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8. Effect of Dust on Surface Systems


2005: IVA-1A
2010: 3
Priority: Low

Investigation: Characterize the particulates that could be transported to hardware and infrastructure through the air (including both natural aeolian dust and other materials that could be raised from the martian regolith by ground operations), and that could affect engineering performance and in situ lifetime. Analytic fidelity sufficient to establish credible engineering simulation labs and/or performance prediction/design codes on Earth is required.


This image shows dust accumulated on the Spirit rover over 348 sols (Martian days). Image credit: NASA/JPL-Caltech
Mars has a very dusty and dry environment, and from past experience with lunar surface operations, it is nearly impossible to keep dust from settling on equipment and machinery. Wind blowing, astronauts walking, rover wheels spinning, and spacecraft landing/taking off would all contribute to kicking up and transporting dust. Due to the thin atmosphere and harsh environment, the dust on Mars would be more like the dust on the moon than on Earth (i.e. abrasive, sticky, and possibly electrostatic). To avoid potential damage to surface system, there are three main effects that must be studied: (1) the effects of dust on seals, (2) the effect of dust on electrical properties of the surface on which it collects, and (3) the corrosive chemical effects on different materials. This knowledge would help design systems to minimize the adverse effects of dust and increase system lifetime.

Click on the expanding links below to see the 2005 and 2010 versions of this investigation.

2005 Version of Investigation (old version)

2010 Version of Investigation (current version)

Between 2005 and 2010, the rovers that have been sent to Mars have provided scientists with substantial observations of the properties of Martian dust. Most of the information comes from the MECA payload on Phoenix (true microscope to determine physical properties, wet chemistry experiments, triboelectric experiments, and long-duration exposures). These findings have not been specifically analyzed with respect to their implications on human exploration of Mars, but the information is still significant to this investigation. Observations from the Mars Exploration Rovers (MER – Spirit and Opportunity) have also contributed data.

Below is a list of papers that report on these findings. Additional measurements of dust properties, accumulation rates, and effects on mechanical surface systems are still needed to understand the range of mission conditions. While the measurements obtained so far have been helpful, the necessary data would be best collected through sample return analysis.

  • Arvidson, R. E., R. G. Bonitz, M. L. Robinson, J. L. Carsten, R. A. Volpe, A. Trebi-Ollennu, M. T. Mellon, P. C. Chu, K. R. Davis, J. J. Wilson, A. S. Shaw, R. N. Greenberger, K. L. Siebach, T. C. Stein, S. C. Cull, W. Goetz, R. V. Morris, D. W. Ming, H. U. Keller, M. T. Lemmon, H. G. Sizemore, and M. Mehta (2009). “Results from the Mars Phoenix Lander Robotic Arm Experiment.” Journal of Geophysical Research, v. 114, E00E02, doi: 10.1029/JE003408.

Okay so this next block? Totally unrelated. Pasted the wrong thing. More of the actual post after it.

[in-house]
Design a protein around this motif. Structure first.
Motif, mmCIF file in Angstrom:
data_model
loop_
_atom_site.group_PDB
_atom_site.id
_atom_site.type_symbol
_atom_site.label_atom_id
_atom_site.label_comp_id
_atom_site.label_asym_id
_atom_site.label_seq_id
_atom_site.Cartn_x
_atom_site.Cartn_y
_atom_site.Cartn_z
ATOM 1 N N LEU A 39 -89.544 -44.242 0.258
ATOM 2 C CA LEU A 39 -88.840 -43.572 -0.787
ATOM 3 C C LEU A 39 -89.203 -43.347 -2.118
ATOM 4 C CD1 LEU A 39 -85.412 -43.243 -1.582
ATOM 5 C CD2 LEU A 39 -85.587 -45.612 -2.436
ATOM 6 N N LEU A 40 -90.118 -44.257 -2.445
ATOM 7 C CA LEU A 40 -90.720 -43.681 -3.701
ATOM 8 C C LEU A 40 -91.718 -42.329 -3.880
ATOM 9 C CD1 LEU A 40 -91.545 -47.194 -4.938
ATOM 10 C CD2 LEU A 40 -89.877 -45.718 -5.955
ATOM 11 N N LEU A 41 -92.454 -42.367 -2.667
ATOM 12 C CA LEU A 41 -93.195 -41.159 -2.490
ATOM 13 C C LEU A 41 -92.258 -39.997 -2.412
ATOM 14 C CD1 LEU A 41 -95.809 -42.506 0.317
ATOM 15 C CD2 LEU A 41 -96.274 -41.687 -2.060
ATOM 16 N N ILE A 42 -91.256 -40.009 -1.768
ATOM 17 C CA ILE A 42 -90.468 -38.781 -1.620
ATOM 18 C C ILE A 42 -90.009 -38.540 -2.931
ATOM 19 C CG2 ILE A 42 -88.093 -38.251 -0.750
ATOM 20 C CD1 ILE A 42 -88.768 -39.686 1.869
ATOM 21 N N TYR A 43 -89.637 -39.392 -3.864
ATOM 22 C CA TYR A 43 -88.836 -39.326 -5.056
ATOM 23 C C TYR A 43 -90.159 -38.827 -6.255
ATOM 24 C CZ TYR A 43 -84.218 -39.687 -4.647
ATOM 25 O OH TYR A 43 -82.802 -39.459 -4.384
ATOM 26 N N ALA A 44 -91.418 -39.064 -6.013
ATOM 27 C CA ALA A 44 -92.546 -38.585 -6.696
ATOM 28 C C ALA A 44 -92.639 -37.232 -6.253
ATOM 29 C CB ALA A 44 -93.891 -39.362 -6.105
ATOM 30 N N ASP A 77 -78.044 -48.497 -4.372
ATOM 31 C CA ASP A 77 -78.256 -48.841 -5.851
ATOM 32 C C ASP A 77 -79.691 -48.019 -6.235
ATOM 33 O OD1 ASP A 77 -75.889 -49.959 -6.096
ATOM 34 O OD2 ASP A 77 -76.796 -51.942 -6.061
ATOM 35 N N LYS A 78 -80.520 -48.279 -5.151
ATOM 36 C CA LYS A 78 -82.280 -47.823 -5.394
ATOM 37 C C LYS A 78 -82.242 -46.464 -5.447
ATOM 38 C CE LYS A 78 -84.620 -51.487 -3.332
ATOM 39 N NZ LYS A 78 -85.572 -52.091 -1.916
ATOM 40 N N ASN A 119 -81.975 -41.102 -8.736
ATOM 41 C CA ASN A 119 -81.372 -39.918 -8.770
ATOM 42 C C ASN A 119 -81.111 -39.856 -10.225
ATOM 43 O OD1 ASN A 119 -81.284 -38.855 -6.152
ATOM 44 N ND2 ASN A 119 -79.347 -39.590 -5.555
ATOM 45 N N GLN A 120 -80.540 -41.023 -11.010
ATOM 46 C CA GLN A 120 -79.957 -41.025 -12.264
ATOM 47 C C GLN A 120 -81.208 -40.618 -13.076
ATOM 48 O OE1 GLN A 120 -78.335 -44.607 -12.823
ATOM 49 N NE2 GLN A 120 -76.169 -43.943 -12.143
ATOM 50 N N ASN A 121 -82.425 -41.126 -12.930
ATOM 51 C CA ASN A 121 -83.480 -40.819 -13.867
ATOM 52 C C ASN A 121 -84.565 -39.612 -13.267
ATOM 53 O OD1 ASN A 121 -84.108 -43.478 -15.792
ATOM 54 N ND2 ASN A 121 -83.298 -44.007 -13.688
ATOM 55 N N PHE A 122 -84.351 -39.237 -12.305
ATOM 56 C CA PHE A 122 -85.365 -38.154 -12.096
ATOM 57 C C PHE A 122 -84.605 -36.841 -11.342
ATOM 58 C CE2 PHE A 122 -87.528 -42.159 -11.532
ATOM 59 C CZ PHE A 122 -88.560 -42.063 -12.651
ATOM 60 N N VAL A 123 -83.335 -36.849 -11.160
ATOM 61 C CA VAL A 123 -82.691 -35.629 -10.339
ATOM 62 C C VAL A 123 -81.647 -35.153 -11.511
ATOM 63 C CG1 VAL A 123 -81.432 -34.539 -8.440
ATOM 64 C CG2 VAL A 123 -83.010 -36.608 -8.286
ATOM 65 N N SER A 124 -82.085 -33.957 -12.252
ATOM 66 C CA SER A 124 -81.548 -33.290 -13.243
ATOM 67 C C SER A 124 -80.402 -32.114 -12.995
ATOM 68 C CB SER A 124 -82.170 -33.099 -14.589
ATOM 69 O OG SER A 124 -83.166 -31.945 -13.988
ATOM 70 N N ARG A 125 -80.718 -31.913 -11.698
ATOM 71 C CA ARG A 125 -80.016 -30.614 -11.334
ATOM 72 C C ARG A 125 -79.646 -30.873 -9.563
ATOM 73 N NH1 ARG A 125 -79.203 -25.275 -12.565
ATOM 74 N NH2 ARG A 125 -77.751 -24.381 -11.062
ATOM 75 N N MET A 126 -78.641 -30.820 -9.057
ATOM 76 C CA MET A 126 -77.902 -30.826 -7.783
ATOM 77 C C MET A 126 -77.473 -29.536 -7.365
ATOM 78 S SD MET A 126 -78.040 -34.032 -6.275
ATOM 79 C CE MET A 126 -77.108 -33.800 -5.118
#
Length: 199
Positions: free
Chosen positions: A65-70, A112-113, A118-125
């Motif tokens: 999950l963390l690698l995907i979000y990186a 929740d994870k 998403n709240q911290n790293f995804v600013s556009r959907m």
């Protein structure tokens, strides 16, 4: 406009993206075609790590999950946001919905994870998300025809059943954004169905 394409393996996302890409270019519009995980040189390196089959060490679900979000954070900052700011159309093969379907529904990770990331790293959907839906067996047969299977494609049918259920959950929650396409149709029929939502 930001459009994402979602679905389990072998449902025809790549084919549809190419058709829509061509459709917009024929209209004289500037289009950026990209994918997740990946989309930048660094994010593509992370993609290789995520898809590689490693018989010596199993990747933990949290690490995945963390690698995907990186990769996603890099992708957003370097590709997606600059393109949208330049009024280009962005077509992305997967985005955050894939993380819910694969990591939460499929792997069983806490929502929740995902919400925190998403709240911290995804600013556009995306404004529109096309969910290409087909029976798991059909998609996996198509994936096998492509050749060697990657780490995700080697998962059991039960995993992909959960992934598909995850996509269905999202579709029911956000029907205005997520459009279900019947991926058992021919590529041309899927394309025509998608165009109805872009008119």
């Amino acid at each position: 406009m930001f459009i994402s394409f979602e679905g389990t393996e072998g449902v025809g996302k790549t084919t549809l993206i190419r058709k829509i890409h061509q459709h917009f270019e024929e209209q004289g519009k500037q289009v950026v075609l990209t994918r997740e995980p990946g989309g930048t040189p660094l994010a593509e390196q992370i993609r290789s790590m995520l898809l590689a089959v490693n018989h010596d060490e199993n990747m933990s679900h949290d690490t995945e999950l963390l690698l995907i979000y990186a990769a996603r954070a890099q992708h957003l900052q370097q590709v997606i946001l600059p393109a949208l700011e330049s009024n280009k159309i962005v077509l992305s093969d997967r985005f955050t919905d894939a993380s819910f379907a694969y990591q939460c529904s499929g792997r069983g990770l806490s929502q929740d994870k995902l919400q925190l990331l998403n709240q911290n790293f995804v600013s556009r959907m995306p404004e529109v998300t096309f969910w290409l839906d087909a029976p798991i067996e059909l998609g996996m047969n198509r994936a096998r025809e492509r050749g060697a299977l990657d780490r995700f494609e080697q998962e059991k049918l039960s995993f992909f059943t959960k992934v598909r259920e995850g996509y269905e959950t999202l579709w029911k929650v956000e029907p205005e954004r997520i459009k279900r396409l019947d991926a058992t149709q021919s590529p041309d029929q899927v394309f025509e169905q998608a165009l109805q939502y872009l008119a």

• Boynton, W. V., D. W. Ming, S. P. Kounaves, S. M. M. Young, R. E. Arvidson, M. H. Hecht, J. Hoffman, P. B. Niles, D. K. Hamara, R. C. Quinn, P. H. Smith, B. Sutter, D. C. Catling, and R. V. Morris (2009). “Evidence for Calcium Carbonate at the Mars Phoenix Landing Site.” Science, v. 325, p. 61-64.
  • Catling, D. C., M. W. Claire, K. J. Zahnle, R. C. Quinn, B. C. Clark, M. H. Hecht, and S. Kounaves (2010). “Atmospheric origins of perchlorate on Mars and in the Atacama.” Journal of Geophysical Research, v. 115, E00E11, doi: 10.1029/2009JE003425.

  • Chevrier, Vincent F., Jennifer Hanley, and Travis S. Altheide (2009). “Stability of perchlorate hydrates and their liquid solutions at the Phoenix landing site, Mars.” Geophysical Research Letters, v. 36, L10202, doi: 10.1029/2009GL037497.
  • Drube, L., K. Leer, W. Goetz, H.P. Gunnlaugsson, M.P. Haspang, N. Lauritsen, M.B. Madsen, L.K.D. Sørensen, M.D. Ellehoj, M.T. Lemmon, R.V. Morris, D. Blaney, R.O. Reynolds, and P.H.Smith (2009). “Magnetic and Optical Properties of Airborne Dust and Settling Rates of Dust at the Phoenix Landing Site.” Journal of Geophysical Research, v. 114, doi: 10.1029/2009JE003419.

  • Ellehoj, M. D., H. P. Gunnlaugsson, P. A. Taylor, H. Kahanpää, K. M. Bean, B. A. Cantor, B. T. Gheynani, L. Drube, D. Fisher, A.‐M. Harri, C. Holstein‐Rathlou, M. T. Lemmon, M. B. Madsen, M. C. Malin, J. Polkko, P. H. Smith, L. K. Tamppari, W. Weng, and J. Whiteway (2009). “Convective vortices and dust devils at the Phoenix Mars mission landing site.” Journal of Geophysical Research, v. 115, E00E16, doi: 10.1029/2009JE003413.
  • Fisher, David, A. Michael H. Hecht, Samuel P. Kounaves, and David C. Catling (2010). “A perchlorate brine lubricated deformable bed facilitating flow of the north polar cap of Mars: Possible mechanism for water table recharging.” Journal of Geophysical Research, v. 115, E00E012, doi: 10.1029/2009JE003405.

  • Goetz, W., W. T. Pike, S.F. Hviid, M.B. Madsen, R.V. Morris, M.H. Hecht, U. Staufer, K. Leer, H. Sykulska, E. Hemmig, J. Marshall, J.M. Morookian, D. Parrat, S. Vijendran, B.J. Bos, M.R. El Maarry, H.U. Keller, R. Kramm, W.J. Markiewicz, L. Drube, D. Blaney, R.E. Arvidson, J.F. Bell III, R. Reynolds, P.H. Smith, P. Woida, R. Woida, and R. Tanner (2009). “Microscopic Structure of Soils at the Phoenix Landing Site, Mars: Classification and Description of their Optical and Magnetic Properties”. Journal of Geophysical Research, v. 114.
  • Grant, J. A., R. Arvidson, J. F. Bell III, N. A. Cabrol, M. H. Carr, P. Christensen, L. Crumpler, D. J. Des Marais, B. L. Ehlmann, J. Farmer, M. Golombek, F. D. Grant, R. Greeley, K. Herkenhoff, R. Li, H. Y. McSween, D. W. Ming, J. Moersch, J. W. Rice Jr., S. Ruff, L. Richter, S. Squyres, R. Sullivan, and C. Weitz (2004). “Surficial Deposits at Gusev Crater along Spirit Rover Traverses.” Science, v. 305, p. 807-810.